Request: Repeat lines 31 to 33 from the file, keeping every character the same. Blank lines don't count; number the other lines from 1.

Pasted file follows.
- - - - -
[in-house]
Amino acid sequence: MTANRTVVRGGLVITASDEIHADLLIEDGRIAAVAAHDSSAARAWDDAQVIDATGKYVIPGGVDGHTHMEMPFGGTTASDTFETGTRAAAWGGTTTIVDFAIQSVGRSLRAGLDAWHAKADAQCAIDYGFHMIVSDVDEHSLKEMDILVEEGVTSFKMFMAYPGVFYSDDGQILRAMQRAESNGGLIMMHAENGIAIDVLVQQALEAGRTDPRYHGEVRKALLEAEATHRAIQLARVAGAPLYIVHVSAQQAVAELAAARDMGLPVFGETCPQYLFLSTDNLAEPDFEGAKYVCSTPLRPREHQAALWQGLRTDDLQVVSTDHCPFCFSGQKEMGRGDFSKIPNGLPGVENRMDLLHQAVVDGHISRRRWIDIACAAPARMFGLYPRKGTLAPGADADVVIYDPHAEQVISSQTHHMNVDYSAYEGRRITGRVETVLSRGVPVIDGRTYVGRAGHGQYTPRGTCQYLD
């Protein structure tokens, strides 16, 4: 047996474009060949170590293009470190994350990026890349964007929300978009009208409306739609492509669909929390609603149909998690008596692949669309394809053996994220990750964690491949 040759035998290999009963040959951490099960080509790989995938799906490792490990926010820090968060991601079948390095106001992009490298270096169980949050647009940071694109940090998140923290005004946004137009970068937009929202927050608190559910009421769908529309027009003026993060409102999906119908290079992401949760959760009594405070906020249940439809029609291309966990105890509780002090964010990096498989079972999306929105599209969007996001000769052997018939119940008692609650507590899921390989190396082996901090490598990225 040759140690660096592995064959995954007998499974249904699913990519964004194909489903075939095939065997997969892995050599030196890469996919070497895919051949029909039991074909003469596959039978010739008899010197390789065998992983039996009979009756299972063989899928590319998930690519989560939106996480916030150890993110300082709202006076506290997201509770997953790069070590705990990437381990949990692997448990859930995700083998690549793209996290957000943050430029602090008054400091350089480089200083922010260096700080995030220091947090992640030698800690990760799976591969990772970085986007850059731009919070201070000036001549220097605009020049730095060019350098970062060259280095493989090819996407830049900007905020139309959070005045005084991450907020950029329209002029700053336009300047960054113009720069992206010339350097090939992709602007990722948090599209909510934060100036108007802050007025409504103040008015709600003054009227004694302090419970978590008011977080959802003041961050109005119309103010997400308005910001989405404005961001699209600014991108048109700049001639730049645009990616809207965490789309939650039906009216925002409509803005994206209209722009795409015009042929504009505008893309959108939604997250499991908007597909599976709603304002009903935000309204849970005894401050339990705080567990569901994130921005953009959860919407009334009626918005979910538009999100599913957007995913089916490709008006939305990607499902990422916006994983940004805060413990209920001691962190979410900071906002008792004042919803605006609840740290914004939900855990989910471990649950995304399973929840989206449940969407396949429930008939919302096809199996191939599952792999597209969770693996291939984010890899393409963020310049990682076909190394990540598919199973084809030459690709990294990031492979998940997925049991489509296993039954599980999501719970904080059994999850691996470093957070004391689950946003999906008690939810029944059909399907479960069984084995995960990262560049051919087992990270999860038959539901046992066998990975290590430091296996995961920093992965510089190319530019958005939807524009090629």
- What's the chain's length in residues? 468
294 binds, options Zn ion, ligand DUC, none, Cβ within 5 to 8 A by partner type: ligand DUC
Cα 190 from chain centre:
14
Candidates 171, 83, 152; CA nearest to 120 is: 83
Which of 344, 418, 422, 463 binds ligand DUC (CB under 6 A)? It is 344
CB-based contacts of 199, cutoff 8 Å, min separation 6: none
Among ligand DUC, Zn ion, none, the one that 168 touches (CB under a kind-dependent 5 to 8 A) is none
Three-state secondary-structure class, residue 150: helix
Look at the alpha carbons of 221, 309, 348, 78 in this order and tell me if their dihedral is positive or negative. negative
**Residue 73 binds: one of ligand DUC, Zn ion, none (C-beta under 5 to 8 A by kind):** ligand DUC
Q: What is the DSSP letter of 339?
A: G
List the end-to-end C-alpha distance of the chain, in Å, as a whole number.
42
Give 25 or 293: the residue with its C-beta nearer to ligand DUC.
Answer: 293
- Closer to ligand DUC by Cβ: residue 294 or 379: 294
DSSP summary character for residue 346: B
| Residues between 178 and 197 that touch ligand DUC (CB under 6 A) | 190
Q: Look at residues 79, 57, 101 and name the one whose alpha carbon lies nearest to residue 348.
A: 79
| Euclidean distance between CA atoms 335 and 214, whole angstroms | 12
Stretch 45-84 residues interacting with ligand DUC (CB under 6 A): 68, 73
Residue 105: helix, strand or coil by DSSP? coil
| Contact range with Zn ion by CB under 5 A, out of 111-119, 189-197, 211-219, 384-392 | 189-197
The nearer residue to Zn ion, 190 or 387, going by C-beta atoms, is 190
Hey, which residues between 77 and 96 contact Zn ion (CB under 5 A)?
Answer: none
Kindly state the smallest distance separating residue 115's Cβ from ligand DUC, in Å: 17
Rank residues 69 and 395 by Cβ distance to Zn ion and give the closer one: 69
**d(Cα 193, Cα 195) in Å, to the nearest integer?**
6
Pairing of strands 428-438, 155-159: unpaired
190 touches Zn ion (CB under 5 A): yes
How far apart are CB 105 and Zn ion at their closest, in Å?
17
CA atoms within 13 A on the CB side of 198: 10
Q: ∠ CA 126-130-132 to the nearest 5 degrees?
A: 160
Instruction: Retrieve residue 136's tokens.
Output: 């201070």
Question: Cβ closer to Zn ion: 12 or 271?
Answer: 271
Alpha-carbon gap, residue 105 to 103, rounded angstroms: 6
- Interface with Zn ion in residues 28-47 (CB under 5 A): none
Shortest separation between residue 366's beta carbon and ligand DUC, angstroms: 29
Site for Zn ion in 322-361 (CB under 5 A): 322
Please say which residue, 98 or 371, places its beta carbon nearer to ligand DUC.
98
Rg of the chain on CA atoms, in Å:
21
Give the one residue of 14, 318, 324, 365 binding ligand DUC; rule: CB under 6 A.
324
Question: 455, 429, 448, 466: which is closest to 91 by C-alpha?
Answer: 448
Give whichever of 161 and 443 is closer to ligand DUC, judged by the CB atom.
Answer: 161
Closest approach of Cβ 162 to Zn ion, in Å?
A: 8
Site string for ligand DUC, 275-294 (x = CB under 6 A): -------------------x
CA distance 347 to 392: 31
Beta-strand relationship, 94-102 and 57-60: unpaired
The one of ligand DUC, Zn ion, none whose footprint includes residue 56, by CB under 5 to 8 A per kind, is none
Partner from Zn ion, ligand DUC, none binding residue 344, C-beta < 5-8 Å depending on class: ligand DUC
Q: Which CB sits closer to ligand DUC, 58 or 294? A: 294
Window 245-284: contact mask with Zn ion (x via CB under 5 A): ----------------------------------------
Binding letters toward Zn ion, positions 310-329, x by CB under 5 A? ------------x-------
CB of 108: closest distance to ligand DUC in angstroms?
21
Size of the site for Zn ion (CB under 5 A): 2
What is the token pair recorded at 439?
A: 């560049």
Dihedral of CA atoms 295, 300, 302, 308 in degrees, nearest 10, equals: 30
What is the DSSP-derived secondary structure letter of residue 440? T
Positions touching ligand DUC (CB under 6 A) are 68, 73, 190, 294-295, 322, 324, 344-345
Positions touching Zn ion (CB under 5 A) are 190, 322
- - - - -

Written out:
Hey, which residues between 77 and 96 contact Zn ion (CB under 5 A)?
Answer: none
Kindly state the smallest distance separating residue 115's Cβ from ligand DUC, in Å: 17